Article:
Also, I’m just talking baseball here, the on-field stuff. None of this even touches upon the star power, attention getting and excitement that Bryce Harper would have brought to the team – the energy and excitement, the jersey sales, and etc…

But, let’s move on. Now, let’s look at the infield…

No one could have foreseen Miguel Andujar getting hurt. His injury is devastating. This just might be a career changing injury for him. It’s horrible on a baseball level and even more on a personal level for Andujar. Getting Manny Machado as insurance for a possible Miguel Andujar injury would have made no sense.

But that’s not why the Yankees should have considered acquiring Manny Machado.

Let’s just look at this critically and honestly. Didi Gregorius was already hurt. No one knows when he’ll be back. There is a possibility that he’ll miss all of 2019. There is a possibility that if he does return in 2019 that he will not come back at the level of player he was before. Will his arm still be as strong? After missing a year, or even part of a year, how will his bat respond? The Yankees didn’t have to look to Machado as insurance for an Andujar injury, the need for another infielder was already there. The Yankees needed a shortstop.

In addition, Miguel Andujar was still an unknown quantity. There are analysts who suggest that Andujar (even before the injury) will never hit again as he did in 2018 – that 2018 was his high water mark offensively. (I don’t agree, but there is an argument to be made there.) And, of course, Andujar’s defense is, at best, suspect. He was a historically poor defender last year. The hopes were there (and he was putting in the work) for him to become better defensively, but the room for improvement was vast. Signing Machado as a core infielder to play either shortstop, if Gregorius wasn’t able to come back, or third base, if Andujar didn’t improve defensively, wouldn’t have been a bad baseball move. It would have been a smart baseball move.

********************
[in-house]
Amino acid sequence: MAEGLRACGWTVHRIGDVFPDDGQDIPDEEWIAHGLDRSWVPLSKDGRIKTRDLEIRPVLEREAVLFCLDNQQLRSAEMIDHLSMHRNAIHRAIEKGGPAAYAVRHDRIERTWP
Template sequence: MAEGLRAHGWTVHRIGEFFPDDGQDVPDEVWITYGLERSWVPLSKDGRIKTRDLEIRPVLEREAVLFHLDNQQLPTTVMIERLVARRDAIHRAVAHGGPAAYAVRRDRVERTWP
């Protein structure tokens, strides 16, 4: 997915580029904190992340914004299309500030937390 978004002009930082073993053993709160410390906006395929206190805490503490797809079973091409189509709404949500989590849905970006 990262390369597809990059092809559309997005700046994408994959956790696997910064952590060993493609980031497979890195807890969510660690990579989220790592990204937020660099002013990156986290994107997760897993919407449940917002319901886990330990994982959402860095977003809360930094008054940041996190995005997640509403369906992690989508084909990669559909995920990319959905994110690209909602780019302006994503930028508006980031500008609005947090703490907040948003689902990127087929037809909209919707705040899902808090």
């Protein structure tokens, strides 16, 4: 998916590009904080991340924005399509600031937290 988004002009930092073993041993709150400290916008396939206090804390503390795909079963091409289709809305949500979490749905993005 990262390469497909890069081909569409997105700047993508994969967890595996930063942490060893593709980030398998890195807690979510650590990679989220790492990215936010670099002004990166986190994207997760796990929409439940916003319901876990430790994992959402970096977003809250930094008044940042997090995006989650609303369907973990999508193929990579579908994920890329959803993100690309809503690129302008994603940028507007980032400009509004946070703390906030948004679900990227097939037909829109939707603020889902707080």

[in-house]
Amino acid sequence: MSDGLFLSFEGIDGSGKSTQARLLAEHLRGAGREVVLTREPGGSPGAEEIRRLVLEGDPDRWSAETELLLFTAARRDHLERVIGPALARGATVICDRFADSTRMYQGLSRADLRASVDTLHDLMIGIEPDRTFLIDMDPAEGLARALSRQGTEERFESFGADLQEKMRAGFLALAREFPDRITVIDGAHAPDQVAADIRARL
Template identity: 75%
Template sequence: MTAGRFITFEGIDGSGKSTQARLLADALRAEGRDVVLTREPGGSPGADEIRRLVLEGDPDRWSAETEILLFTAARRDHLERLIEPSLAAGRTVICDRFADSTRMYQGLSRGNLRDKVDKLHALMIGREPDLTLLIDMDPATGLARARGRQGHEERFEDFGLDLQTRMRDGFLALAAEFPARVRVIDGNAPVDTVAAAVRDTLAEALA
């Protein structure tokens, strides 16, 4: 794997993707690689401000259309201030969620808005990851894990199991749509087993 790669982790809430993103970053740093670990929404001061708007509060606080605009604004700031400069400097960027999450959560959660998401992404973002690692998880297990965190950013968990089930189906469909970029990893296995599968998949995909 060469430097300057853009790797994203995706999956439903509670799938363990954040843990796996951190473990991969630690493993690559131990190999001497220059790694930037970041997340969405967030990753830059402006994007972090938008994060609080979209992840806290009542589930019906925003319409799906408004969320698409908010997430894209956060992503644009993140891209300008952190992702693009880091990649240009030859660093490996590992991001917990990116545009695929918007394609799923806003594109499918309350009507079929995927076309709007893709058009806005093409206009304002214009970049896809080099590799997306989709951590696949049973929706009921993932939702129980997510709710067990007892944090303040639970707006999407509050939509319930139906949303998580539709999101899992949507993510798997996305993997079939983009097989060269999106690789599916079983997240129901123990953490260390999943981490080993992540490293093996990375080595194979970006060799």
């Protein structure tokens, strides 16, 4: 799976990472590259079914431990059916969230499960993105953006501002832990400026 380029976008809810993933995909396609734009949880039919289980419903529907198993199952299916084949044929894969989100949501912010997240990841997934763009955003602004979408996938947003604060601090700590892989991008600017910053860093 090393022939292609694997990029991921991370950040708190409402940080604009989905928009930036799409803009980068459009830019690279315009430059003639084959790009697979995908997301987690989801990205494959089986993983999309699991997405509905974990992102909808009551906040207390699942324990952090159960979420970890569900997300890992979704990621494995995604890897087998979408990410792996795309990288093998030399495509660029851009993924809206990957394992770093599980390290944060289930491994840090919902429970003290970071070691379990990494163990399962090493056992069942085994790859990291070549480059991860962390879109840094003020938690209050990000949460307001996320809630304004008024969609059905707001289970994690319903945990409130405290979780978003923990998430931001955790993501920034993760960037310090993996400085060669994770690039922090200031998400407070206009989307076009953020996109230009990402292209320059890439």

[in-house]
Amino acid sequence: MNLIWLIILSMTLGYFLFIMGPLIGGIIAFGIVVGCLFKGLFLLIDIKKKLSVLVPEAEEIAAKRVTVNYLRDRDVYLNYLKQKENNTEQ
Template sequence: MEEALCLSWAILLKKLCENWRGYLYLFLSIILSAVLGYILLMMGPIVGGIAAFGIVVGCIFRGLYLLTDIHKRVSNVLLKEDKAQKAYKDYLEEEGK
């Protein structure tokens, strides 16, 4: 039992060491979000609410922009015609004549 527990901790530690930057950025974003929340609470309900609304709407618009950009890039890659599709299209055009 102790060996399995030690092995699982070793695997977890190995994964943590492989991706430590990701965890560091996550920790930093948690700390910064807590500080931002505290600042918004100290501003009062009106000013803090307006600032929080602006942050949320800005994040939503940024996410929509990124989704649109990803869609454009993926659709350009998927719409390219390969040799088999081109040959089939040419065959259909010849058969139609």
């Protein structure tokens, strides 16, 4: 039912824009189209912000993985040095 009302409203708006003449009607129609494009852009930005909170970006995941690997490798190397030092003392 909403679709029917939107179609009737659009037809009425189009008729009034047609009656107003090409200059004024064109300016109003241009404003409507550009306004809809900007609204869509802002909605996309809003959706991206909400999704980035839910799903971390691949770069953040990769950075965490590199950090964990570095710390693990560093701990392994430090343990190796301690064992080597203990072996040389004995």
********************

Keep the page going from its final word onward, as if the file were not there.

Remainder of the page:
The follow-up question would have been to ask, “What if Didi Gregorius comes back as the player he was before the injury while Andujar also blossoms? What then with Machado?” The answer there was also obvious. The Yankees still don’t have a DH, and there was the possibility that Andujar could move to first base where the Yankees have put their hopes on two players (Luke Voit, who had one great month and a half and Greg Bird, who has never been able to stay healthy or put it together in the big leagues). There was a strong likelihood that the Yankees could easily fit Gregorius, Andujar, and Machado on this team – all at the same time. But, it wasn’t a long shot to see that there was not a strong likelihood of Gregorius coming back, Andujar improving, and Voit and Bird both having excellent seasons. It was quite clear that even without Andujar suffering his terrible injury, that Manny Machado fit this team. There was a place for Manny Machado. That’s not hindsight. This was all apparent when the winter began.

But what if… what if Gregorius, Andujar, Bird, and Voit were all healthy and great? Then what would the Yankees have done? That would have been a fantastic problem for the team to have. It would have been highly unlikely, but if that did happen, the Yankees would then have been able to trade one of Andujar, Voit, or Bird for a solid pitcher or to fill another need.